Over the course of one weekend in 1952, a great smog consumed London. In four days, 3000 people had died and in the following weeks another 3000 would follow. The smog was so dense that hearses could not safely pickup bodies. At the same time, a serial killer in a Notting Hill slum was beginning to unravel. Dawson's immensely readable book takes us from the mind of a serial killer and into the halls of Parliament where a great government cover-up is hatched and subsequently destroyed. A great crime book and fascinating portrait of post-WW 2 England. Perfect for fans of Erik Larson! - Sam
A real-life thriller in the vein of The Devil in the White City, Kate Winkler Dawson's debut Death in the Air is a gripping, historical narrative of a serial killer, an environmental disaster, and an iconic city struggling to regain its footing. In winter 1952, London automobiles and thousands of coal-burning hearths belched particulate matter into the air. But the smog that descended on December 5th of 1952 was different; it was a type that held the city hostage for five long days. Mass transit ground to a halt, criminals roamed the streets, and 12,000 people died. That same month, there was another killer at large in London: John Reginald Christie, who murdered at least six women. In a braided narrative that draws on extensive interviews, never-before-published material, and archival research, Dawson captivatingly recounts the intersecting stories of the these two killers and their longstanding impact on modern history.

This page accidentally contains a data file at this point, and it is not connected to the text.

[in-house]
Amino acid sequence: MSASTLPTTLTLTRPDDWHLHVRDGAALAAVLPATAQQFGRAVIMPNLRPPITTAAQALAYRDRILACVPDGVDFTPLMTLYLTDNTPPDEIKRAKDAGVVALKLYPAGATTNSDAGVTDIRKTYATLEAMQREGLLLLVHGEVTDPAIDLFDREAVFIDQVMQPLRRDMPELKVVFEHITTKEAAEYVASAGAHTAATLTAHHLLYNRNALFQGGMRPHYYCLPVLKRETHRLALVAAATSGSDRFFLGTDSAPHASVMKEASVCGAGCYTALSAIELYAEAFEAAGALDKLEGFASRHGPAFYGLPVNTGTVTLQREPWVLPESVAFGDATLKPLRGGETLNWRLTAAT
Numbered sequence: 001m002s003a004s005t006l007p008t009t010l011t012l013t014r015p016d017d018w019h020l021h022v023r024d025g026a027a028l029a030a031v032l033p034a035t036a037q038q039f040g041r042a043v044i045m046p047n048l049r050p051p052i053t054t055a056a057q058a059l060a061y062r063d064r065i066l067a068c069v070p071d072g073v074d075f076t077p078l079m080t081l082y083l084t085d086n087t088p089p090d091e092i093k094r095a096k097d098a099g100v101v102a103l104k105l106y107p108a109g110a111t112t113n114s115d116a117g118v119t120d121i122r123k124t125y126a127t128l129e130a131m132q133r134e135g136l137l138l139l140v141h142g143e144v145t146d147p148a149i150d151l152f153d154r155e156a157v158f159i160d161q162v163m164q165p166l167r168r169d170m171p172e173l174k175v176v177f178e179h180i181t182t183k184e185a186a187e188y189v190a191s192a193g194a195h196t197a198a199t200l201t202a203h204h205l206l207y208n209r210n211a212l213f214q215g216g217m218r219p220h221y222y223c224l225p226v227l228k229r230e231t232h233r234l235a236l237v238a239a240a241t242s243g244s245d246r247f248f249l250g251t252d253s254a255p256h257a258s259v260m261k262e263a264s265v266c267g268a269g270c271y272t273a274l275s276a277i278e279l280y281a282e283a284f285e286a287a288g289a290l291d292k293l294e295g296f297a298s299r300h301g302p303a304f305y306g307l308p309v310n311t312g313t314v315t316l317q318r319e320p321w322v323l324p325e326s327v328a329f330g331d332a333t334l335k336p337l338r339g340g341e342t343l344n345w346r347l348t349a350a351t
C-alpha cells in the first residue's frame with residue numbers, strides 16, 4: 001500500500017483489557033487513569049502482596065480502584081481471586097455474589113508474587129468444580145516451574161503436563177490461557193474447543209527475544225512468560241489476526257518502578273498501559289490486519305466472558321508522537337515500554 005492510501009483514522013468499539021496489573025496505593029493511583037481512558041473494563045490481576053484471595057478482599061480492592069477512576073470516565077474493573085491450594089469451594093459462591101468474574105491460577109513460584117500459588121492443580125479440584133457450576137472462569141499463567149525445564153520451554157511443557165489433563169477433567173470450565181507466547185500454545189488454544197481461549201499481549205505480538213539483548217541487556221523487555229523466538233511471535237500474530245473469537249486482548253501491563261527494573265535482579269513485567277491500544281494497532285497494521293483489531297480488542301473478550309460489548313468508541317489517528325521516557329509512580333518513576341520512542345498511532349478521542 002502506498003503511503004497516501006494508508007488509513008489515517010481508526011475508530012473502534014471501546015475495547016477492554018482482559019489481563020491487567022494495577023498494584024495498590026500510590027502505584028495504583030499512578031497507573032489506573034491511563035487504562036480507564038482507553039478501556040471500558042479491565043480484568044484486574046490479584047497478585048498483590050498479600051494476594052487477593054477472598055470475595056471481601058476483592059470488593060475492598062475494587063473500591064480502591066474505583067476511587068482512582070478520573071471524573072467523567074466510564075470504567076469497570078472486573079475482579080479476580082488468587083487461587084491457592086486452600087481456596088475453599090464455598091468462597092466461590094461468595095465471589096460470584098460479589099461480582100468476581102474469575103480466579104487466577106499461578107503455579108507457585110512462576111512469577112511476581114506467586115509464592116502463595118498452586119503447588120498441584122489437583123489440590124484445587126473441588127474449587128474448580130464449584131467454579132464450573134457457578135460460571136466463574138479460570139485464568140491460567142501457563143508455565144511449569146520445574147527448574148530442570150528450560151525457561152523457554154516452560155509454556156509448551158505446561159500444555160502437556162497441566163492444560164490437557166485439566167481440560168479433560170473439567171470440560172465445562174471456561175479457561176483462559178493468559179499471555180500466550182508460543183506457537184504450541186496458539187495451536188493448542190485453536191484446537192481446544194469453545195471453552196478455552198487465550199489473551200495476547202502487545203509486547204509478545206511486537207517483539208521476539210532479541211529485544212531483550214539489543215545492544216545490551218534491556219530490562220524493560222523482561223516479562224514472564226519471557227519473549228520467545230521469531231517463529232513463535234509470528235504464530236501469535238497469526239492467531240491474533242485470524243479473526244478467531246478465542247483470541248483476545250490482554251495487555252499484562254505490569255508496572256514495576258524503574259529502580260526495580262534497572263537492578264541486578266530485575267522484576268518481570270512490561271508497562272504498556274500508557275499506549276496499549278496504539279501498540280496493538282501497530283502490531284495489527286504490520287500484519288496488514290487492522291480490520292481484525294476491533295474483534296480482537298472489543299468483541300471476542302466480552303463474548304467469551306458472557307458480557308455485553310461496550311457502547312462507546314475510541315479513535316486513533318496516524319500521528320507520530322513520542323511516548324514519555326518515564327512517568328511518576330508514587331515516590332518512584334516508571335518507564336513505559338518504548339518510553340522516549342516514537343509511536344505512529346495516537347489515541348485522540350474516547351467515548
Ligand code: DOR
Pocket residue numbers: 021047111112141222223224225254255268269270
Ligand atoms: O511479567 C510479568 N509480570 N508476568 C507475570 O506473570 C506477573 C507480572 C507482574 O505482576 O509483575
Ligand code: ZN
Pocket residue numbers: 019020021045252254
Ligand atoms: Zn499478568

About the Author
Kate Winkler Dawson is a seasoned documentary producer, whose work has appeared in The New York Times, WCBS News and ABC News Radio, Fox News Channel, United Press International, PBS NewsHour, and Nightline. She teaches journalism at The University of Texas at Austin.